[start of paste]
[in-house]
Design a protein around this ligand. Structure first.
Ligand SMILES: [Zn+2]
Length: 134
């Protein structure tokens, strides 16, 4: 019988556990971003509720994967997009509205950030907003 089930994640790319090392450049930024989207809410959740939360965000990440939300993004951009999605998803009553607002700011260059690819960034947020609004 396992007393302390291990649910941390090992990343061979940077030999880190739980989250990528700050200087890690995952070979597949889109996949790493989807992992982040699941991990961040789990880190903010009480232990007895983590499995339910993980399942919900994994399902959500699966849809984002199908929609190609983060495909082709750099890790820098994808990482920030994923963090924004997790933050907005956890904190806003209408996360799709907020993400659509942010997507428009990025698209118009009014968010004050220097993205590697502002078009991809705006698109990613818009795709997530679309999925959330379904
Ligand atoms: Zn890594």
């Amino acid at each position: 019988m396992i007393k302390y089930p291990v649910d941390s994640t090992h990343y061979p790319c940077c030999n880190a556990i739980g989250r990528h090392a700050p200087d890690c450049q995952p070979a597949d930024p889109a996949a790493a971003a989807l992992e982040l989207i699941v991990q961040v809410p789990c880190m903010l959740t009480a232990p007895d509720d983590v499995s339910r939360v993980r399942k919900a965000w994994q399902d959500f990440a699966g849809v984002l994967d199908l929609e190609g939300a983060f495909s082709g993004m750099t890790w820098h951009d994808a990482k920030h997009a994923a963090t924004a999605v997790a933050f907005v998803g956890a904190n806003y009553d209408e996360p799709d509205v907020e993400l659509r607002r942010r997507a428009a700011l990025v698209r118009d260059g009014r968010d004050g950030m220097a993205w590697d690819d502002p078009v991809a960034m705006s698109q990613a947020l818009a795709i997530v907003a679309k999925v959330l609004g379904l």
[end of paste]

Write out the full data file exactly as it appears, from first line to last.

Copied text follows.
[in-house]
Design a protein around this ligand. Structure first.
Ligand SMILES: [Zn+2]
Length: 134
């Protein structure tokens, strides 16, 4: 019988556990971003509720994967997009509205950030907003 089930994640790319090392450049930024989207809410959740939360965000990440939300993004951009999605998803009553607002700011260059690819960034947020609004 396992007393302390291990649910941390090992990343061979940077030999880190739980989250990528700050200087890690995952070979597949889109996949790493989807992992982040699941991990961040789990880190903010009480232990007895983590499995339910993980399942919900994994399902959500699966849809984002199908929609190609983060495909082709750099890790820098994808990482920030994923963090924004997790933050907005956890904190806003209408996360799709907020993400659509942010997507428009990025698209118009009014968010004050220097993205590697502002078009991809705006698109990613818009795709997530679309999925959330379904
Ligand atoms: Zn890594």
């Amino acid at each position: 019988m396992i007393k302390y089930p291990v649910d941390s994640t090992h990343y061979p790319c940077c030999n880190a556990i739980g989250r990528h090392a700050p200087d890690c450049q995952p070979a597949d930024p889109a996949a790493a971003a989807l992992e982040l989207i699941v991990q961040v809410p789990c880190m903010l959740t009480a232990p007895d509720d983590v499995s339910r939360v993980r399942k919900a965000w994994q399902d959500f990440a699966g849809v984002l994967d199908l929609e190609g939300a983060f495909s082709g993004m750099t890790w820098h951009d994808a990482k920030h997009a994923a963090t924004a999605v997790a933050f907005v998803g956890a904190n806003y009553d209408e996360p799709d509205v907020e993400l659509r607002r942010r997507a428009a700011l990025v698209r118009d260059g009014r968010d004050g950030m220097a993205w590697d690819d502002p078009v991809a960034m705006s698109q990613a947020l818009a795709i997530v907003a679309k999925v959330l609004g379904l």